Author/s: J. R. Sánchez-Gallego, J. H. Knapen, J. S. Heiner, C. D. Wilson, B. E. Warren, R. J. Allen, M. Azimlu, P. Barmby, G. J. Bendo, S. Comerón, F. P. Israel, S. Serjeant, R. P. J. Tilanus, C. Vlahakis, and P. van der Werf
Reference: (2011) A&A 527, A16
In this work we present the first complete CO J=3-2 map of M 81, observed as part of the Nearby Galaxies Legacy Survey. M 81 is a nearby spiral galaxy (3.64 Mpc) known for hosting a high level of star formation. Previous studies, mainly in the J=1-0 line, have found little CO. The CO measured in a galaxy allows, through an empirical conversion factor, to know its content of molecular hydrogen.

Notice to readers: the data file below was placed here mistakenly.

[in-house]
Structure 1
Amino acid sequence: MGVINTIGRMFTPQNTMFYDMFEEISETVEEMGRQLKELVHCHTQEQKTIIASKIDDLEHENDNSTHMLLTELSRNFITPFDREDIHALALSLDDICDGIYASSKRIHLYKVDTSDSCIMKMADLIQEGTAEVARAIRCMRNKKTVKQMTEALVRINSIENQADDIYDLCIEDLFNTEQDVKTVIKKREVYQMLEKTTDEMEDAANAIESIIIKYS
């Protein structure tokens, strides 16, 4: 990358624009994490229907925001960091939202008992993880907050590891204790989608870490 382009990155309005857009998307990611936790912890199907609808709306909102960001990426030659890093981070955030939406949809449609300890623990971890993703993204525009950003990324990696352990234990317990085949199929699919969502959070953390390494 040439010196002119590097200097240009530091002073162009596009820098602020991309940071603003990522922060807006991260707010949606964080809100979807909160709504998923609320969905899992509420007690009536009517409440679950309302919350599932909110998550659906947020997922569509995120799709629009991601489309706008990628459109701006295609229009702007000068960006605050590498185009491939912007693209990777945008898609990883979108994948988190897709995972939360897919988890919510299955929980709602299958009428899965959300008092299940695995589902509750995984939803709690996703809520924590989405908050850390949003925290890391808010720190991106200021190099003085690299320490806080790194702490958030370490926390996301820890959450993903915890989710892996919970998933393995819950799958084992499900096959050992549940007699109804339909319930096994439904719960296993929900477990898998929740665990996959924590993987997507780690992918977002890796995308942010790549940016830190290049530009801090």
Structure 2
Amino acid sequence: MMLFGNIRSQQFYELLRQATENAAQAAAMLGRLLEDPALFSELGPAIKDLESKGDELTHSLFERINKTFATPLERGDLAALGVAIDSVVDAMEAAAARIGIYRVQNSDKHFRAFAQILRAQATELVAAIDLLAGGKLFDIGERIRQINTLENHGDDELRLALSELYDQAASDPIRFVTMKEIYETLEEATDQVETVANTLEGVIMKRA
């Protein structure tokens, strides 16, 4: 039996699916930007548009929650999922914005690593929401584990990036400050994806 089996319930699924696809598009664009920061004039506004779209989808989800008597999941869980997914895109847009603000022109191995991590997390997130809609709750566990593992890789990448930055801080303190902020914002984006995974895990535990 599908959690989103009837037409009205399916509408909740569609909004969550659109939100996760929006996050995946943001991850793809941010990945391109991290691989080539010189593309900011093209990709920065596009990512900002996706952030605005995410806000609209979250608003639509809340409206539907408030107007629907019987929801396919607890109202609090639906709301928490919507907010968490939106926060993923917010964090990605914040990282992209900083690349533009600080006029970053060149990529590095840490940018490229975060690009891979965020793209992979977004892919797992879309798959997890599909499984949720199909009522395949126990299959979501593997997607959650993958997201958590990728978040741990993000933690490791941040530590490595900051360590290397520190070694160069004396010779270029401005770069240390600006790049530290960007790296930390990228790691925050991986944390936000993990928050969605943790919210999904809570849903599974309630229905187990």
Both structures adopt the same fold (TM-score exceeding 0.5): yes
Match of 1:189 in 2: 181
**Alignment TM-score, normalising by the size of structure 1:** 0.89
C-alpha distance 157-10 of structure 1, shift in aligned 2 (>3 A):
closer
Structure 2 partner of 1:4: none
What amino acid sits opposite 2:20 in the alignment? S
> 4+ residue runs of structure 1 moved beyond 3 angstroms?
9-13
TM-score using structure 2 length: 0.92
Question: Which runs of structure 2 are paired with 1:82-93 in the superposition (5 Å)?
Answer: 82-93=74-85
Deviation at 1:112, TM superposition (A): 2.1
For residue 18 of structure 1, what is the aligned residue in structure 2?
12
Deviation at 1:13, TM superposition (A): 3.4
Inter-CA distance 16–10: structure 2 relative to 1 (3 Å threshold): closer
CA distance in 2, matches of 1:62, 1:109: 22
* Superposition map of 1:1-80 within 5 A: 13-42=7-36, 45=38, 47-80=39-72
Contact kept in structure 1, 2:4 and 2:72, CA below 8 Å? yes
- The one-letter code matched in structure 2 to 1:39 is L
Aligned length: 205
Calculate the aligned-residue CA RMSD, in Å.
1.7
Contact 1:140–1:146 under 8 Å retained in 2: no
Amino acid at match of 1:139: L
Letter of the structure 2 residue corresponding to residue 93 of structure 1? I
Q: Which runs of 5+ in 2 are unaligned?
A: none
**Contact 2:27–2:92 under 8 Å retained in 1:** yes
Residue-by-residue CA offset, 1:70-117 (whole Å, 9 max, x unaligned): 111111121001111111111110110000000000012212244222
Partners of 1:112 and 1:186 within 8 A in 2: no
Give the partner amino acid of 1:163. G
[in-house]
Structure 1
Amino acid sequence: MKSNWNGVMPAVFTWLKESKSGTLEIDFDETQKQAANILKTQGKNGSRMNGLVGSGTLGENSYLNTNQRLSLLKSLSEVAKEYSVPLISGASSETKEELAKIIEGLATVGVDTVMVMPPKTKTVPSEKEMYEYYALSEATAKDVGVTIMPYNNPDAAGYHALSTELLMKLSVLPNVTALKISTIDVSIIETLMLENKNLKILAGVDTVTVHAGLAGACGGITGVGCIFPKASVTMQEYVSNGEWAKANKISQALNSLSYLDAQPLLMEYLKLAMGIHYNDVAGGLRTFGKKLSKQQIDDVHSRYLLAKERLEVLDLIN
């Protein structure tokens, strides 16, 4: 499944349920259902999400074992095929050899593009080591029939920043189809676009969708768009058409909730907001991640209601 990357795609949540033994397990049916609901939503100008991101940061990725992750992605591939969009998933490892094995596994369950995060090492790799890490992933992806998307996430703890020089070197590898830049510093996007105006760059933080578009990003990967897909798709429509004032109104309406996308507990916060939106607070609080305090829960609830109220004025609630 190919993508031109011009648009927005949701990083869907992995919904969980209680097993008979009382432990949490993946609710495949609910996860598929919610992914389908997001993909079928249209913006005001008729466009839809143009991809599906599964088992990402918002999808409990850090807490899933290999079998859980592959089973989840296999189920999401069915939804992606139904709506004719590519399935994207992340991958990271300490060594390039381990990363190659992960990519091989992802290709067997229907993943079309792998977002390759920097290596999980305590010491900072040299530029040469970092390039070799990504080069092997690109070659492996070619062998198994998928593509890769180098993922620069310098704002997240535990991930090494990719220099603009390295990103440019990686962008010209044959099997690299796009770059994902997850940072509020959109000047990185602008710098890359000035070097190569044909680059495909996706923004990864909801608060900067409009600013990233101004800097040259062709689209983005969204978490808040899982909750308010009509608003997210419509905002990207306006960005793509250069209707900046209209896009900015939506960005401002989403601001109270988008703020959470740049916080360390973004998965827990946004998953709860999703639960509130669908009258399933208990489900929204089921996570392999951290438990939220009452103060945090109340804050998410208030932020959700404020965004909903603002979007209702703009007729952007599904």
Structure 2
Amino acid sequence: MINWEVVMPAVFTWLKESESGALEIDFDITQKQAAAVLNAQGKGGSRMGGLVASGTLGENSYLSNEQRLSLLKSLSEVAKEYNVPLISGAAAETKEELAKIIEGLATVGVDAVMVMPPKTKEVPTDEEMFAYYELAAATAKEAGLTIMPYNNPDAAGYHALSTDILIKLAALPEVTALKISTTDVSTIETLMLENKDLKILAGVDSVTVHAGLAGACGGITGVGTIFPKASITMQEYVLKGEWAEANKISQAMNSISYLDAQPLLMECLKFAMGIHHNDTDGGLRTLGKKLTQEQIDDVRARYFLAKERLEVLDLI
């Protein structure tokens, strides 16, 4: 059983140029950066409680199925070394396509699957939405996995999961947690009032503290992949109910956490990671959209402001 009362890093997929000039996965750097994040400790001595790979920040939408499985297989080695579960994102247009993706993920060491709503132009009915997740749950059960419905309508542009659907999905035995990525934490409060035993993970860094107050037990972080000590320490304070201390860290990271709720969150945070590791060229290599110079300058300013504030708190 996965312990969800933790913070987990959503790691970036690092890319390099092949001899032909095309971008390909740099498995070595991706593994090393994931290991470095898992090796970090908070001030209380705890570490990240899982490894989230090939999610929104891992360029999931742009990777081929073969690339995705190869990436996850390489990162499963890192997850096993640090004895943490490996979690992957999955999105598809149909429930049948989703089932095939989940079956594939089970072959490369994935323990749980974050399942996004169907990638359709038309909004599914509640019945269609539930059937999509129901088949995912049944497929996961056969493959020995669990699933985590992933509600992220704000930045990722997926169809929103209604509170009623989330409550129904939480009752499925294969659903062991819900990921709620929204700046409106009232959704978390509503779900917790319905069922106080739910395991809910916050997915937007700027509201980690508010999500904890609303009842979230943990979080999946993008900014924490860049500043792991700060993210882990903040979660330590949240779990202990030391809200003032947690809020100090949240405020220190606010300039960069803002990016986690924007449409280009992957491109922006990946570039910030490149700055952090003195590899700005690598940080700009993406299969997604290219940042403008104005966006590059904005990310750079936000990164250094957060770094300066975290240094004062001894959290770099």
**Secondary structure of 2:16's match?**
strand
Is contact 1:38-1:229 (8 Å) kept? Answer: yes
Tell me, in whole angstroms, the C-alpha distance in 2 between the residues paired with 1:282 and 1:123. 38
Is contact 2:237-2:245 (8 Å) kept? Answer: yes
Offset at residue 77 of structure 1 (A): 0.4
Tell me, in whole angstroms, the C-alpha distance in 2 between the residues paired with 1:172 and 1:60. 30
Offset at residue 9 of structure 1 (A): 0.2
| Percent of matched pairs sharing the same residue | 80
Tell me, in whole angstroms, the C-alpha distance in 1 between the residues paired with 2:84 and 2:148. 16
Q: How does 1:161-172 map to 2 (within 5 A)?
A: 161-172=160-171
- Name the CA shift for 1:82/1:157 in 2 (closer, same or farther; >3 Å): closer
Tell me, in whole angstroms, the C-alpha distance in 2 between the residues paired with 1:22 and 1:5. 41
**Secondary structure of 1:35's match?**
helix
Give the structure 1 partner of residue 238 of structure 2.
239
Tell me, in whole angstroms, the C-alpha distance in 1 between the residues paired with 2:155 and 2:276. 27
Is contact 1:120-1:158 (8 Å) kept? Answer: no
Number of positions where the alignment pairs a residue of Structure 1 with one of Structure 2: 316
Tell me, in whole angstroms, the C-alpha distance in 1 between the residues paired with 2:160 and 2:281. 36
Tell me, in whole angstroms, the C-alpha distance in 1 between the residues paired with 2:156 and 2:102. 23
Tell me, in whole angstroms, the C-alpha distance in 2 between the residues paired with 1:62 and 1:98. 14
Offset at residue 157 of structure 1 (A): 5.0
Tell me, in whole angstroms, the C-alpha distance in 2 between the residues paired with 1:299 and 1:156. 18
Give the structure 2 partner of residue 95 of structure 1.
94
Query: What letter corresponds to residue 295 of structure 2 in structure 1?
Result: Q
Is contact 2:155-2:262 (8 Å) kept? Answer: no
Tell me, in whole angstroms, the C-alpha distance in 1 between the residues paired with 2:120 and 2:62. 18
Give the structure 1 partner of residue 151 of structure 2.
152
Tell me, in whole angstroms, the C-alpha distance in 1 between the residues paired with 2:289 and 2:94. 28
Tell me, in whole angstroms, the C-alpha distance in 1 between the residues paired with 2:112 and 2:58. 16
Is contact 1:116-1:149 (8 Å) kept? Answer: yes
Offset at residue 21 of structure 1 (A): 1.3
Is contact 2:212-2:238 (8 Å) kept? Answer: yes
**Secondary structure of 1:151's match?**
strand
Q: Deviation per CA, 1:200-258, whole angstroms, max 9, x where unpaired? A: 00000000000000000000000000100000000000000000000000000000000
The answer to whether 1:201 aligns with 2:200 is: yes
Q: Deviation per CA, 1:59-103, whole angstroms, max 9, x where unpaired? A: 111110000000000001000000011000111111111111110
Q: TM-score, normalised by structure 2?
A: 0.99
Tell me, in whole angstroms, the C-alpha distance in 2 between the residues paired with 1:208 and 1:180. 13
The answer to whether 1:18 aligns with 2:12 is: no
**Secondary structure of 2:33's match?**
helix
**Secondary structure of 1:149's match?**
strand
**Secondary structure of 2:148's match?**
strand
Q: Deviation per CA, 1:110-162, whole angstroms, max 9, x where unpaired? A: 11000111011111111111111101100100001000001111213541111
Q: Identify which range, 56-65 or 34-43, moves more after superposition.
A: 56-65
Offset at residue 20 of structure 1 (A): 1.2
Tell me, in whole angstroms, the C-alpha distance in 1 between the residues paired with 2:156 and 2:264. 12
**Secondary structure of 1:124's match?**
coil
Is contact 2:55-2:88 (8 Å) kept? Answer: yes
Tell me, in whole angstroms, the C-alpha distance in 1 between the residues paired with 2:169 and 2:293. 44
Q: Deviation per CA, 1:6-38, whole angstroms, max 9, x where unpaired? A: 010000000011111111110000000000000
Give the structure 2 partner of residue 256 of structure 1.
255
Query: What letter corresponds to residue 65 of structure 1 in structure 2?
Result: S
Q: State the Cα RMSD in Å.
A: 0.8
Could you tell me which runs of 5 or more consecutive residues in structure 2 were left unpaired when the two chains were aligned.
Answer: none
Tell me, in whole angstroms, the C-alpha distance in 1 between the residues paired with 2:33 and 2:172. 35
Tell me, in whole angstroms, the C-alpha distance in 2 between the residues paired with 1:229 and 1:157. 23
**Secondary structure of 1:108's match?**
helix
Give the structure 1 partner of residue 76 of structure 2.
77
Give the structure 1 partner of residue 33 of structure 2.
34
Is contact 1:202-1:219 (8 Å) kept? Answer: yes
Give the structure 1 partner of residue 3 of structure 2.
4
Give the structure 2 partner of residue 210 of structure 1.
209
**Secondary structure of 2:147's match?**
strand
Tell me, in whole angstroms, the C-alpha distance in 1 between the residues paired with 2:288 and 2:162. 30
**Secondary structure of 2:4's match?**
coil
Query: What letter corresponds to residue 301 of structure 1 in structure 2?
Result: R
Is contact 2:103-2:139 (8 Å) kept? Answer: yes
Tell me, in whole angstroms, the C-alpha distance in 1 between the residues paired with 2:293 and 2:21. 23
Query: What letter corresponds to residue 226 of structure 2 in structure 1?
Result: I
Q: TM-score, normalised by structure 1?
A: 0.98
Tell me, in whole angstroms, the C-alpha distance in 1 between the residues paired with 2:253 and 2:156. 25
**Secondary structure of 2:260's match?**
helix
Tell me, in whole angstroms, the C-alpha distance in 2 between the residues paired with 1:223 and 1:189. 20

We have detected nine regions of important emission in the CO J=3-2 line, located at different regions of the spiral arm and confirmed that the global CO emission is low. Using a new Halpha map obtained with the Isaac Newton Telescope, located on the island of La Palma, and archival data, we discuss the correlation between the molecular hydrogen traced by the CO and regions of star formation.
By using the theoretical model presented by Irwin et al. (2010) we determine that the density of the molecular gas detected is in the range from 1000 to 10000 particles per cubic centimeter.
We conclude that the interaction between the molecular gas and the star formation in M 81 is complex and not well explained yet. This work, however, opens a door to new studies to understand the recent evolution of this galaxy.